In Python, I know the pythonic way to check if a list is empty is
if not a: # do things with empty list
To check if a list is not empty then, we would do:
if a: # do things with my list
How would we check, simultaneously (as read), if two lists then are not empty?
if a and b: # do things with my two lists
The above does not seem to work, and I'm unsure what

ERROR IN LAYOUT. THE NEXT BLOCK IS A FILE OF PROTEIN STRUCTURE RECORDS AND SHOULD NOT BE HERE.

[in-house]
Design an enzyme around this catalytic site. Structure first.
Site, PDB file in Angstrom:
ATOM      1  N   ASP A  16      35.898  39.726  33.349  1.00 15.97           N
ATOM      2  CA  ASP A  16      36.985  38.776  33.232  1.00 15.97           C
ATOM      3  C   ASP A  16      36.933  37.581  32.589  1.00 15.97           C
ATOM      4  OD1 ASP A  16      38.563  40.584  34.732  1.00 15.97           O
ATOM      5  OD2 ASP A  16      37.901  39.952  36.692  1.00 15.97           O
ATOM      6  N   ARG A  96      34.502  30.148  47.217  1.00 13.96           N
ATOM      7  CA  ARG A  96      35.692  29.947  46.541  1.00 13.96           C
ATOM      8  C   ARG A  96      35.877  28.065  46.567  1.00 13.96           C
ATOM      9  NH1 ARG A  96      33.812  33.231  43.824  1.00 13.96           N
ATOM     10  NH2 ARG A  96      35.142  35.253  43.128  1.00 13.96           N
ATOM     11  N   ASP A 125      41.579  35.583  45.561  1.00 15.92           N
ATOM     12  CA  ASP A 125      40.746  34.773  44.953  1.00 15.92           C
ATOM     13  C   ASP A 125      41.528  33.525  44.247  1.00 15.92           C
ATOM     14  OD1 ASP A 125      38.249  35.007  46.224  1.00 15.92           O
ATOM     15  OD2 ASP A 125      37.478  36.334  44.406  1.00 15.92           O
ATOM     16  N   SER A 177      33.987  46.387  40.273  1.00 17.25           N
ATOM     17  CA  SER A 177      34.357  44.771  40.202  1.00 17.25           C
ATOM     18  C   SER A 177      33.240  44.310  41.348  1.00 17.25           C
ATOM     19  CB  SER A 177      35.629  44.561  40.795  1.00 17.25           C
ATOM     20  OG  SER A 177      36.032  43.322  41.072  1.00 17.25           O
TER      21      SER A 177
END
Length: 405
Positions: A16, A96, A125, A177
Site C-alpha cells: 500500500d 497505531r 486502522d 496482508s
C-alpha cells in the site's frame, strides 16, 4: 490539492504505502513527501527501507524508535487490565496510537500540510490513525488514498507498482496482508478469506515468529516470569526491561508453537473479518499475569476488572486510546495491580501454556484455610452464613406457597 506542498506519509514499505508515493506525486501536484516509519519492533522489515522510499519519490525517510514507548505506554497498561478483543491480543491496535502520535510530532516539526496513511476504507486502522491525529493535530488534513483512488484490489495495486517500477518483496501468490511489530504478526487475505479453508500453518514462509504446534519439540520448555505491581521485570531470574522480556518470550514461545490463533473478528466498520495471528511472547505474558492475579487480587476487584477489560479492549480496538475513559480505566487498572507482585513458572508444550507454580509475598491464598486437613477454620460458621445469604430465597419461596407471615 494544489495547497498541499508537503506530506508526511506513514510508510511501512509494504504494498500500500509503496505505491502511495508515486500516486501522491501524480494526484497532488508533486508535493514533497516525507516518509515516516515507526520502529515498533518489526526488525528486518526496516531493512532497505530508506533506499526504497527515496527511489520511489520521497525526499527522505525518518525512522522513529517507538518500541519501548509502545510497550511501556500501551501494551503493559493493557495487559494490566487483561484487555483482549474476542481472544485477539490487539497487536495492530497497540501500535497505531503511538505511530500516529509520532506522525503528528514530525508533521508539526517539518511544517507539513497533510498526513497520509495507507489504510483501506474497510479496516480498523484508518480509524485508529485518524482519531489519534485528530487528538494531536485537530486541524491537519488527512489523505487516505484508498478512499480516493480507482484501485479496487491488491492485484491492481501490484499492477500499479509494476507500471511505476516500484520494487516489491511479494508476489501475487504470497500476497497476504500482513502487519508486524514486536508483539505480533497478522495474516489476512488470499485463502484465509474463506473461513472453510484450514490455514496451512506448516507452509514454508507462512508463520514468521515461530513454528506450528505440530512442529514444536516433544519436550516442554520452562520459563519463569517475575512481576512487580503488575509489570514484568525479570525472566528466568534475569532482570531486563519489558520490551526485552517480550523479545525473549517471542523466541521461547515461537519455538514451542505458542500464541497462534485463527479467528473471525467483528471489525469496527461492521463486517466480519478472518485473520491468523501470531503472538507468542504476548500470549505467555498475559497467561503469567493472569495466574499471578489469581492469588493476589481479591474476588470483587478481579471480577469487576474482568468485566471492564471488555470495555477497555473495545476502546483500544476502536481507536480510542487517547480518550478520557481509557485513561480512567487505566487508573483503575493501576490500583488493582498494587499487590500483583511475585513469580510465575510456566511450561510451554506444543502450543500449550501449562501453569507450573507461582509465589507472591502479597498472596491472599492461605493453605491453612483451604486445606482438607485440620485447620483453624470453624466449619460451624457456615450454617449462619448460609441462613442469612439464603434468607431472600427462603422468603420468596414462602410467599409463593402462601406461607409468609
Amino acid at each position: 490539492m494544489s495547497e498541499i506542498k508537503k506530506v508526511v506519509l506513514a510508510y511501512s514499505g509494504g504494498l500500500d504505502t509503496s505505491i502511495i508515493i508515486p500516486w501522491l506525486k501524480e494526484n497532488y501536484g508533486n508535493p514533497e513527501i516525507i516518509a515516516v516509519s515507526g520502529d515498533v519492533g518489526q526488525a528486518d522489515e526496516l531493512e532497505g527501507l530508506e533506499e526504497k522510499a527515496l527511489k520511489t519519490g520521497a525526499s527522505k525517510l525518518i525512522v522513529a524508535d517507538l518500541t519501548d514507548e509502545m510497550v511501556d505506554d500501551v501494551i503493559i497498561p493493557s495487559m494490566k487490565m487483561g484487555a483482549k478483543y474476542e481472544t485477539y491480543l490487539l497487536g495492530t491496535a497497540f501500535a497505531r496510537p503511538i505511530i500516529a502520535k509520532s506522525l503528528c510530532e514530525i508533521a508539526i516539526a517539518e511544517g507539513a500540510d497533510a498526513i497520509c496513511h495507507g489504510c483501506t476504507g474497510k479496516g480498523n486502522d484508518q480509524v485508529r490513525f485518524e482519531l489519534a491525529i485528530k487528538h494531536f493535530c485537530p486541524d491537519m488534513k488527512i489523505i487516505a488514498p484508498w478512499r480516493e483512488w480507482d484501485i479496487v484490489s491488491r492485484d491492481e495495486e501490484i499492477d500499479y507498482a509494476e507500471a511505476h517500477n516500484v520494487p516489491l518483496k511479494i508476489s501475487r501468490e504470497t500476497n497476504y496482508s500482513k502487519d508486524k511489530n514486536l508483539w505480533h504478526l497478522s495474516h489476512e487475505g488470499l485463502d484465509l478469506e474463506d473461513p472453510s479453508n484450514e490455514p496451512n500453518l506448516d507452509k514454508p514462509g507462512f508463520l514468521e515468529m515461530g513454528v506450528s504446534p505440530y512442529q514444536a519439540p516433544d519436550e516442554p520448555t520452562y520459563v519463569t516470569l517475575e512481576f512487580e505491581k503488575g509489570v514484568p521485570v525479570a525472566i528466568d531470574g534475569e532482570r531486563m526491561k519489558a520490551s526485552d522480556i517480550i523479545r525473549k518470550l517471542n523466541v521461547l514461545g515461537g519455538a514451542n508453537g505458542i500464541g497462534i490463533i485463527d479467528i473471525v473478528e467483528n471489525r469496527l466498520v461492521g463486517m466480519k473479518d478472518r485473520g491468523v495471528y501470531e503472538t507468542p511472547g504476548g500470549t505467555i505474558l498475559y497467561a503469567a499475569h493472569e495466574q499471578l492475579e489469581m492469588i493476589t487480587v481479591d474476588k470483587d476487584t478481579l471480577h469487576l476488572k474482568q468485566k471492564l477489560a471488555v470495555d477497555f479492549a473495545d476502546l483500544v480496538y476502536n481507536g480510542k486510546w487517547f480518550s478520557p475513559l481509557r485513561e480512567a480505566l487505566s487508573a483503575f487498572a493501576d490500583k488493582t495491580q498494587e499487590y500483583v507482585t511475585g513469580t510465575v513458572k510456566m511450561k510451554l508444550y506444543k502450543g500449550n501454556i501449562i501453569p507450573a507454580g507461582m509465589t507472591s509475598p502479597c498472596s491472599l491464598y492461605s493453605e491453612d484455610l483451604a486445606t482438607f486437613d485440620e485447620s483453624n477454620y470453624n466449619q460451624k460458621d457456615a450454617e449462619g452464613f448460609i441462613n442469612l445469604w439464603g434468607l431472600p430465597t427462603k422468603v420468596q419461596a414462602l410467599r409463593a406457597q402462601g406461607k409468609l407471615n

(a and b) actually means. For
a = ,
b = [1,3],
(a and b) = [1,3]. What is the
and operator actually doing here? If I end up reducing
b =  at some point,
(a and b) =  even though
a is not empty.
Edit: My use case goes something like
while (a and b are not empty): modify a modify b
I would have naively thought that since
if a checks if a list is not empty,
if a and b would check if neither were empty, which is not the case.